True crime enthusiasts who had hoped the mystery of the February 9 killer would be solved in 2022 may be able to cross that off their bingo card when the alleged murderer was identified this year.
The cold case was opened in 2006 after a woman named Sonia Mejia was raped and murdered in her home in a savage attack that also killed her unborn baby on February 9.
On the morning of her death, Mejia was home alone when witnesses say they saw her talking to an unknown Hispanic male who assaulted her before forcing his way into her front door and closing it behind him.
Mejia’s husband found her strangled, lifeless body after he returned from work that night.
The same killer was also linked to the murder of Damiana Castillo, less than a mile away on the same day in 2008.
Castillo reportedly left work at around 7.30pm but was found dead by her son the next morning.
She had also been strangled and the valuables in her home had been ransacked.
A "John Doe" profile was created by police with DNA and fingerprints that linked the two murders.
The mystery of the February 9 killer went unsolved for over a decade – and it may be finally be cracked after DNA evidence helped link a suspect to the case.
In November 2018, Salt Lake County District Attorney Sim Gill announced that an unidentified suspect was in custody in another jurisdiction and was in the process of being extradited back to Utah to face murder charges.
Juan Arreola-Murillo, 41, from Mexico, was finally identified as the alleged killer in January and now faces murder charges in Utah.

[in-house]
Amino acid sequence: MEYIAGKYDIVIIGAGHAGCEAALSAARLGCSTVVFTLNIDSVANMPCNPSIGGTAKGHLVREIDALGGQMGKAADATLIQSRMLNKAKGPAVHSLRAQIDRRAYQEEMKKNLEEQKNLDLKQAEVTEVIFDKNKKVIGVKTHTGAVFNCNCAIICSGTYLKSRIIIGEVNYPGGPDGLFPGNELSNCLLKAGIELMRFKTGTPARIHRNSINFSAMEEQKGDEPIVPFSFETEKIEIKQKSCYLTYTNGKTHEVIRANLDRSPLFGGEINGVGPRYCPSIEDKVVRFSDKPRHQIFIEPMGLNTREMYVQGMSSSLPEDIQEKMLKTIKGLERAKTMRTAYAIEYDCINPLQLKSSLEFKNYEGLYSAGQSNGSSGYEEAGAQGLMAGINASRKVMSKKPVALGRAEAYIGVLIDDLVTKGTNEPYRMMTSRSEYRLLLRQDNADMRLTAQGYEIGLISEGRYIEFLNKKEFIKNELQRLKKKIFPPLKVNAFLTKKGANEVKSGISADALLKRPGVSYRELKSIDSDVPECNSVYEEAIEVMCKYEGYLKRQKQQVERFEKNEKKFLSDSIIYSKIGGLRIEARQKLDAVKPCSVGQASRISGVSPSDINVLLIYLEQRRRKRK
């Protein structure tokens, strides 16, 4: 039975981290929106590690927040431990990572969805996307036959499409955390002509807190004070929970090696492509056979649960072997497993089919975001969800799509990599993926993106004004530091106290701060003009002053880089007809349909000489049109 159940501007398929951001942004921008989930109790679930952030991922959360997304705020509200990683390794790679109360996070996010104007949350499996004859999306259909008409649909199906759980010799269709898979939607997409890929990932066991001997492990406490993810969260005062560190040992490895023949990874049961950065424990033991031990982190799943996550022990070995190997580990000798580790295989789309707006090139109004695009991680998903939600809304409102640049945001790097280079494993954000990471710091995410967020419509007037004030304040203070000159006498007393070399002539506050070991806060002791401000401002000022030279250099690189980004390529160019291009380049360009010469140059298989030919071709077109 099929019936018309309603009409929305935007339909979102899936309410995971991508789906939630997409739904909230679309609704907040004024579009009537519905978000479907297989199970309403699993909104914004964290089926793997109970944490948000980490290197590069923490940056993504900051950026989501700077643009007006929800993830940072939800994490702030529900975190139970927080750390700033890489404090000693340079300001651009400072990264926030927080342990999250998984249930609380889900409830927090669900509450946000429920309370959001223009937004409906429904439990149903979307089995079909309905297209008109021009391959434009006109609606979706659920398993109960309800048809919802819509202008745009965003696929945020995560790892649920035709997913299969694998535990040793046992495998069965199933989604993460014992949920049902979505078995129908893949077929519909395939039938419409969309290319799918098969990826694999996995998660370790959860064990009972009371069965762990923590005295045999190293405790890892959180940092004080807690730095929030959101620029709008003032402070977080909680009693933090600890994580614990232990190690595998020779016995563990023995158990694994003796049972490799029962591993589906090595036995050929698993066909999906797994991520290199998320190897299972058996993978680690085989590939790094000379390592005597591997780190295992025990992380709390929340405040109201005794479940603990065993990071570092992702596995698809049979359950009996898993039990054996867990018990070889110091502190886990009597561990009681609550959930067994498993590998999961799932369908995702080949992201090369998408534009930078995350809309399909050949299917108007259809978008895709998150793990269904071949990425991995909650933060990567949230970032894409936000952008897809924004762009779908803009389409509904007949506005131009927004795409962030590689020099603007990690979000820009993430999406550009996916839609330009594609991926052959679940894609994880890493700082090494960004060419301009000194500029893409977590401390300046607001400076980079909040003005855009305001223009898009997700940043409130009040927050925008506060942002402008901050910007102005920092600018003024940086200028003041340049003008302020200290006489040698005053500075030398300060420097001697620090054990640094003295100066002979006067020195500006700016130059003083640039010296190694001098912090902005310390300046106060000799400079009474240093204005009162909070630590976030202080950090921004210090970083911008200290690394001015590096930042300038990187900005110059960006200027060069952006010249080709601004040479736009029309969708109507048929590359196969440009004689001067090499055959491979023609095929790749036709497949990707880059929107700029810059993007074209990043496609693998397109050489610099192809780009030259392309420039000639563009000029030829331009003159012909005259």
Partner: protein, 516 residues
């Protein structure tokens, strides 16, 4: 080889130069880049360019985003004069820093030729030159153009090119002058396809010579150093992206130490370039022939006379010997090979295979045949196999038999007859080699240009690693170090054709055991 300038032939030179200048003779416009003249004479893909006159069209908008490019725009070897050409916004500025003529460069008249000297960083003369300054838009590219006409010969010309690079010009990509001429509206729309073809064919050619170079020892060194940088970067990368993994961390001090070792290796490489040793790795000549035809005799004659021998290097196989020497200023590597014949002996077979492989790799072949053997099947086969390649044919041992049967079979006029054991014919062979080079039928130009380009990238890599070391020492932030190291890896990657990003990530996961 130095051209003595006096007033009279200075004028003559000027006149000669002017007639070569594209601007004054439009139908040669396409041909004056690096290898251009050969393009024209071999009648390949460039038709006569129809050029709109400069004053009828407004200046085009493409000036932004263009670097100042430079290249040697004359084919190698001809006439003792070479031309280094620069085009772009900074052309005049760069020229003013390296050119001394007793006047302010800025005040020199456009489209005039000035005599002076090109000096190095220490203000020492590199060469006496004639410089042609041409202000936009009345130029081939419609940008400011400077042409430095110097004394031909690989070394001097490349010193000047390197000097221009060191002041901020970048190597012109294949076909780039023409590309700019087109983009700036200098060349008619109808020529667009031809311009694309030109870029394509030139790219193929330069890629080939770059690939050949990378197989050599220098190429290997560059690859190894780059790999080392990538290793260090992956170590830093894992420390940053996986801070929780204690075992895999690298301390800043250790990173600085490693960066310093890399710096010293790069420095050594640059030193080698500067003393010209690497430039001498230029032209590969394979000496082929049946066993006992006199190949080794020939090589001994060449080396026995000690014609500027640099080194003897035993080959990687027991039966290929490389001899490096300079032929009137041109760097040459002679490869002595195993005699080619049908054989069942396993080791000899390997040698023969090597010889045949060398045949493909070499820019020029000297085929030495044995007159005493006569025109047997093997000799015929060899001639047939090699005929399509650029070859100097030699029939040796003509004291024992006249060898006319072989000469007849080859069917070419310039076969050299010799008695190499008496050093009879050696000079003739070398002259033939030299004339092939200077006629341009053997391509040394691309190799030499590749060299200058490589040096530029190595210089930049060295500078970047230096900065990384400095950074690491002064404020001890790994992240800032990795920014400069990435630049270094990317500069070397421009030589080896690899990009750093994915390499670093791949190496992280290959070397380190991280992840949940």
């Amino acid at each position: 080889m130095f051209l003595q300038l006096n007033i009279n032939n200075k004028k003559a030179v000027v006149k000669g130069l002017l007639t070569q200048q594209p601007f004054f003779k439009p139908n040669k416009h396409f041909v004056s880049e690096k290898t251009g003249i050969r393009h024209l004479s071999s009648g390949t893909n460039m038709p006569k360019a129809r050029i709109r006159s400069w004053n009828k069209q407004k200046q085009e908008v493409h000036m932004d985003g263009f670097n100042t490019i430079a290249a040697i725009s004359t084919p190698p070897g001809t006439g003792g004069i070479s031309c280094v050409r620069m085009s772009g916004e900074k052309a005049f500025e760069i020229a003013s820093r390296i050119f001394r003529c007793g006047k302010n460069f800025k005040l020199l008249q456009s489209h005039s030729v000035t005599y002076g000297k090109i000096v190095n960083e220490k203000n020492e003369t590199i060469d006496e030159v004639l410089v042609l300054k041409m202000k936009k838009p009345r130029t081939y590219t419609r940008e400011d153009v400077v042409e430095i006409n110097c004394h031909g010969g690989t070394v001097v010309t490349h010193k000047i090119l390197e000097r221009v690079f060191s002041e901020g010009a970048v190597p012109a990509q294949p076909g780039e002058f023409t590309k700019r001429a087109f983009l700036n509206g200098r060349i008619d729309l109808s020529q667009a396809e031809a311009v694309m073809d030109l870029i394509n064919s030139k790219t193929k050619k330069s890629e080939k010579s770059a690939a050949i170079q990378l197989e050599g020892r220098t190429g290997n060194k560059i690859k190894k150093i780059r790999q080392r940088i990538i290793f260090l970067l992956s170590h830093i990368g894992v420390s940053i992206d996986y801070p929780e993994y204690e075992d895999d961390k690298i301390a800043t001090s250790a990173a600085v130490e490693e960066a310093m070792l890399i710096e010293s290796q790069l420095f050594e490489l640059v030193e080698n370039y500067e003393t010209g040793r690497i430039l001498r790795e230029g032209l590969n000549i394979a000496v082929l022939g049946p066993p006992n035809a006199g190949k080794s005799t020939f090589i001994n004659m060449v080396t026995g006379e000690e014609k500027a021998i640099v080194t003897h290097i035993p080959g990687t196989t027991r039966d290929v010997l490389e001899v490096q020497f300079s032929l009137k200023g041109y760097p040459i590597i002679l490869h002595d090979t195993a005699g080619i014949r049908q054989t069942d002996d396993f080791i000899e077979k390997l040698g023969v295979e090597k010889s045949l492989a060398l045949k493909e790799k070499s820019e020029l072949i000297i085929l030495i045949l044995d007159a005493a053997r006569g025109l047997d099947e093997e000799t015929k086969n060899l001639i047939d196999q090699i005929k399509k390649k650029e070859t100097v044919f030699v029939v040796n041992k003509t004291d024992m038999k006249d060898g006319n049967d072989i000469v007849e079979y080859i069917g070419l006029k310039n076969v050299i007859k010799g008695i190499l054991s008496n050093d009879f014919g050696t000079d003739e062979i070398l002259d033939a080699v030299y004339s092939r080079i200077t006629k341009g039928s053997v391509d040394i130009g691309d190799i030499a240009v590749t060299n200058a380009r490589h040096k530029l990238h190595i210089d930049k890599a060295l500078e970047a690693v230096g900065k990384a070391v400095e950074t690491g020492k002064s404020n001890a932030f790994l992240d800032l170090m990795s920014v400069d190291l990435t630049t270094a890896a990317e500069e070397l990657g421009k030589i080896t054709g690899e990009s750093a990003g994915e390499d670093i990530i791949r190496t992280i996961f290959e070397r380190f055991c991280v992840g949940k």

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He was booked into the Salt Lake County Jail on charges of aggravated murder, aggravated robbery, and aggravated burglary.
The suspect had previously been arrested in Salt Lake City in July 2008 for fraud, according to court records obtained by KUTV.
The address provided to authorities after his 2008 arrest matched the apartment complex where Mejia was killed in 2006, but it was unknown if he lived there at the time of her death
Arreola-Murillo was deported from the United States later in 2008 after pleading guilty to the fraud charges.
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Salt Lake County District Attorney Sim Gill said: "Once somebody is a foreign national who leaves, we do have certain diplomatic responsibilities.
"In Mexico, we must assure we will not seek the death penalty.
"Whenever you have an unsolved homicide, you leave this wound, you leave this lack of justice. It is about bringing some measure of justice to the victims and some measure of justice to our community as a whole.”
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